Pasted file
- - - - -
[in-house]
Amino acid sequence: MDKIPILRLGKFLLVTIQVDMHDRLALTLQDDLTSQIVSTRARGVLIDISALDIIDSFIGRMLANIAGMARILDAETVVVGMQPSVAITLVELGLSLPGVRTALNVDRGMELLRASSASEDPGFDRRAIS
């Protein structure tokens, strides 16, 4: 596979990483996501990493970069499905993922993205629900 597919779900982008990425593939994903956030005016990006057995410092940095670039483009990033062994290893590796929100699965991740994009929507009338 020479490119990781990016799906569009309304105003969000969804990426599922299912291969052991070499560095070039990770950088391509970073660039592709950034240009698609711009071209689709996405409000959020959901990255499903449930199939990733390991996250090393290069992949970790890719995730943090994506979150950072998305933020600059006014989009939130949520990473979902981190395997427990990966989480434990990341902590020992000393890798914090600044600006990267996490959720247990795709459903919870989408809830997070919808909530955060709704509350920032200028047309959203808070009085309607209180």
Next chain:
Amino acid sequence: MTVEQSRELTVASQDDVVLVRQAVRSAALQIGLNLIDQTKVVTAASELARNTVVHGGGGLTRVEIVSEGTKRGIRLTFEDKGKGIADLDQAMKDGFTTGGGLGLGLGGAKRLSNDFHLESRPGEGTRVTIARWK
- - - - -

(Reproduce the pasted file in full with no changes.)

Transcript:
[in-house]
Amino acid sequence: MDKIPILRLGKFLLVTIQVDMHDRLALTLQDDLTSQIVSTRARGVLIDISALDIIDSFIGRMLANIAGMARILDAETVVVGMQPSVAITLVELGLSLPGVRTALNVDRGMELLRASSASEDPGFDRRAIS
């Protein structure tokens, strides 16, 4: 596979990483996501990493970069499905993922993205629900 597919779900982008990425593939994903956030005016990006057995410092940095670039483009990033062994290893590796929100699965991740994009929507009338 020479490119990781990016799906569009309304105003969000969804990426599922299912291969052991070499560095070039990770950088391509970073660039592709950034240009698609711009071209689709996405409000959020959901990255499903449930199939990733390991996250090393290069992949970790890719995730943090994506979150950072998305933020600059006014989009939130949520990473979902981190395997427990990966989480434990990341902590020992000393890798914090600044600006990267996490959720247990795709459903919870989408809830997070919808909530955060709704509350920032200028047309959203808070009085309607209180």
Next chain:
Amino acid sequence: MTVEQSRELTVASQDDVVLVRQAVRSAALQIGLNLIDQTKVVTAASELARNTVVHGGGGLTRVEIVSEGTKRGIRLTFEDKGKGIADLDQAMKDGFTTGGGLGLGLGGAKRLSNDFHLESRPGEGTRVTIARWK